23 January 2023

London marathon for children’s heart unit

Imagine starting your journey as a new family only to discover abnormalities during your pregnancy scan. That’s what happened to Robbie and Josie Hambly, leading to multiple surgeries on their baby for a heart defect. What’s more, it all happened over 180 miles from their home…

“Josie and I live in Roche, Cornwall, with our three sons, Seb, 12, Morley, 8, and Seth, 6.

In 2010 we discovered we were pregnant with our first child, Seb. We were thrilled!

However, at the 12-week scan, he was diagnosed with a congenital heart defect, and they found abnormalities in the fluid on the back of his neck.

We had multiple visits and scans at our local hospital to see how things were progressing. At the same time, we also visited Bristol Hospital as it had a specialist neonatal intensive care unit which Seb would need as soon as he was born.

There were still so many unknowns, then as we approached the date for Josie to be induced, we were told there was no room in the neonatal unit in Bristol so we would have to look elsewhere.

 

Our hearts sank. On top of everything else, we now had to find a new hospital to give birth in. This caused so much additional worry and anxiety, especially being a young couple about to have our first child.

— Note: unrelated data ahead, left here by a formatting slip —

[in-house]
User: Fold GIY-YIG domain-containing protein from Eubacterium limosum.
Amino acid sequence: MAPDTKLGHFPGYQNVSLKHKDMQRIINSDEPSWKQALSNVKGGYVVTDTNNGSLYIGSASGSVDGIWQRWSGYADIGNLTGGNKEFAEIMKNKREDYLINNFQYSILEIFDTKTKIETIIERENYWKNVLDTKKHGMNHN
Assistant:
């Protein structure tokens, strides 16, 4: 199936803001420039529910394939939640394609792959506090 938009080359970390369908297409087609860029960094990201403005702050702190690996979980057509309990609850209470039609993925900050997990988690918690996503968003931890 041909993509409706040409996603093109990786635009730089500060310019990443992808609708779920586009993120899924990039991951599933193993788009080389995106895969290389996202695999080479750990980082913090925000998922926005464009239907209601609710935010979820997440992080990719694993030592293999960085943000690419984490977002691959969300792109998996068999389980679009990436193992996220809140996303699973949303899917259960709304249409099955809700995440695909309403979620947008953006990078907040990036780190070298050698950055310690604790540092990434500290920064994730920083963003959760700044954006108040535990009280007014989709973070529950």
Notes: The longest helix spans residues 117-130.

Fortunately, the E1 ocean ward at Southampton Children’s Hospital, which specialised in paediatric cardiology, welcomed us. This is something we are very thankful for to this day!

Seb was born on 20 October via an unplanned natural birth with the aid of forceps at Princess Anne maternity hospital, Southampton.

He was then rushed to the E1 ocean ward to closely monitor his heart.

Seb was born with left-sided hypoplastic heart condition which affects normal blood flow through the heart, coarctation of the aorta where a part of his aorta was narrower than usual. More concerningly, he had one large atrial septal defect (ASD) and multiple ventricular septal defects (VSD) which are holes in the heart.

Plans were made, and he was operated on when he was just six days old for the coarctation repair and closure of the large ASD.

As a family, we spent several weeks on the ward throughout his recovery. It seems a lifetime ago now, but we are so thankful to the team who looked after him.

Over the years, Seb has had numerous operations for other repair work, and we still visit the hospital for outpatient clinics to monitor him as he grows.

Our confidence in the staff is second to none, and while we live nearly 200 miles away from the hospital, we wouldn’t want to go anywhere else as the care is simply exceptional.

His brother Seth was also diagnosed with a heart defect, which we wouldn’t have known about if it wasn’t for all the tests and screening since the birth of Seb. We owe a great deal of thanks to the staff at the hospital for all that they have done for us.

Running the London marathon

In 2022, I put my name on the ballot to get a place at the London Marathon.

Never in a million years did I think I would get in on the first try!

I’m 39, and I still enjoy running whenever I can. While I have completed a half marathon before, the thought of doubling that distance is still quite daunting for me.

Being successful with the ballot place has really given me the enthusiasm to train and prepare for the race.

All of my family and friends are behind me as we thank the NHS for the care shown to Seb and Seth.”

Support Robbie’s London Marathon journey today!

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